Removing hydrofluoric acid from damaged refinery

Article by Amanda Doyle

Philadelphia Energy Solutions

WORK has begun on removing 30,000 bbl of modified hydrofluoric acid at the damaged Philadelphia Energy Solutions (PES) refinery.

A fire on 21 June caused substantial damage at the refinery, and PES later announced that it would permanently close the oil refinery and file for bankruptcy. The fire destroyed a 30,000 bbl/d unit that used hydrofluoric acid (HF) to process refined products. The acid can burn though skin and bone and exposure can be fatal. HF can form a fog at room temperature that can travel for kilometres, and according to Reuters, workers activated an emergency system that emptied the acid into a protective vessel to prevent this from happening.

It is still not clear what method will be used to remove the acid in the emergency vessel. Engineer and activist Sally Hayati told Reuters that due the volume of the reserves, it would be difficult to neutralise the HF on site, and will likely have to be moved before it can be neutralised. The emergency container can only hold the amount of acid that was dumped into it and does not have additional room for neutralising chemicals.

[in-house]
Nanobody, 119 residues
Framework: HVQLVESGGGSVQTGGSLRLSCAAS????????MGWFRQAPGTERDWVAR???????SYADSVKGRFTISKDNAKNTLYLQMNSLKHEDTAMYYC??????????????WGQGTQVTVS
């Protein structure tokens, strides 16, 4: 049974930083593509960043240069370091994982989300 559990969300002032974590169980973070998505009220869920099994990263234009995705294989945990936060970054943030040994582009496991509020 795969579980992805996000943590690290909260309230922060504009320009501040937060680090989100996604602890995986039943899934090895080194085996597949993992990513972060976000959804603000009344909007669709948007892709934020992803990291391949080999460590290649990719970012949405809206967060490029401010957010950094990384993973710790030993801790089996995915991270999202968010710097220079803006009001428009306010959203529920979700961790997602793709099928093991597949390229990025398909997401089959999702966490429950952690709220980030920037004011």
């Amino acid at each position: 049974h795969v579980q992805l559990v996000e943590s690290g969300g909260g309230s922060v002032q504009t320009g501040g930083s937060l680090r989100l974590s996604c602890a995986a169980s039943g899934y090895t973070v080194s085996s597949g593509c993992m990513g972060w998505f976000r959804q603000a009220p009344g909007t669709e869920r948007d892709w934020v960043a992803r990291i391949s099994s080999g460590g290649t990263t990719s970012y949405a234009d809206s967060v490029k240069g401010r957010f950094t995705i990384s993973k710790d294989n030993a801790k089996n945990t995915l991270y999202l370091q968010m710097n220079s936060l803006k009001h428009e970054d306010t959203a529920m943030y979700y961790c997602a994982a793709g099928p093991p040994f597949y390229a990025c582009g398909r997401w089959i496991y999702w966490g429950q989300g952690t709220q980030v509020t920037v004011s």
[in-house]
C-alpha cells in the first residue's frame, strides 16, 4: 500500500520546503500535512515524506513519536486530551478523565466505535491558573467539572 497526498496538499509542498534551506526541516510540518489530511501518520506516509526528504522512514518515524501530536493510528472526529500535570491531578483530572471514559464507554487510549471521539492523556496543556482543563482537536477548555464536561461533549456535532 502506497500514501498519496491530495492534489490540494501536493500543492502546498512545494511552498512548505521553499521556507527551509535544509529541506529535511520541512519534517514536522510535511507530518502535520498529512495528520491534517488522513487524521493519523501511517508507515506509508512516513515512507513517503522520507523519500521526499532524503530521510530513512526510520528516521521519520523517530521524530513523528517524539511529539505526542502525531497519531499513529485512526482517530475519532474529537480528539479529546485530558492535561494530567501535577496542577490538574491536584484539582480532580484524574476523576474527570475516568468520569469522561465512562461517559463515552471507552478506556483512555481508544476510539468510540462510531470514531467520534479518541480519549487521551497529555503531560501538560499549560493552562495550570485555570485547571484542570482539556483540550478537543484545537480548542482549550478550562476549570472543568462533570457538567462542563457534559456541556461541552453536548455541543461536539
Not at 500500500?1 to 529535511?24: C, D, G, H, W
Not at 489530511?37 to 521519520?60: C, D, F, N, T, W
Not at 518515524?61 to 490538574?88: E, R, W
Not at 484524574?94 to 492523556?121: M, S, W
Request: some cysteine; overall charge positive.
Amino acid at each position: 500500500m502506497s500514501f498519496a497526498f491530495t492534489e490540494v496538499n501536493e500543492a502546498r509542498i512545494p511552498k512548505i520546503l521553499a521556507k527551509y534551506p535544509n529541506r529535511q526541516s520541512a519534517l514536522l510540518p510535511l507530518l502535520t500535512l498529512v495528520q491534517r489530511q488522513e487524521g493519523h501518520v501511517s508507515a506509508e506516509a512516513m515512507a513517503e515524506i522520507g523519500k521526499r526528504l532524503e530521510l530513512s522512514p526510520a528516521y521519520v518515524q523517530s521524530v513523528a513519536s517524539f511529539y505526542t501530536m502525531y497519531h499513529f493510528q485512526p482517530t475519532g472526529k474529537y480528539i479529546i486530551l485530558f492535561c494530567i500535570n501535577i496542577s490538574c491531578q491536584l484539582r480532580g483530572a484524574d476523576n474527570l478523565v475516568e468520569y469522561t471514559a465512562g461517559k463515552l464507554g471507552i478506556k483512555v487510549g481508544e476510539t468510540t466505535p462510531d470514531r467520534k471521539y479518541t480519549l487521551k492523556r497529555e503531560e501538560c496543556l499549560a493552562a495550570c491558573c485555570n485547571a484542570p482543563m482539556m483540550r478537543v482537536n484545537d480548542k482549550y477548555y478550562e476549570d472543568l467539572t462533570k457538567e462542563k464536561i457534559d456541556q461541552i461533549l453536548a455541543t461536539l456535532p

Reuters also reported that PES was expected to report to government officials that some HF might have been released, but sources told Reuters that it was unclear how much HF may have been released and if the report would become available to the public.

The Chemical Safety Board (CSB) released a letter earlier this year calling on the Environmental Protection Agency (EPA) to review the use of HF in refineries.

Article by Amanda Doyle

Staff Reporter, The Chemical Engineer

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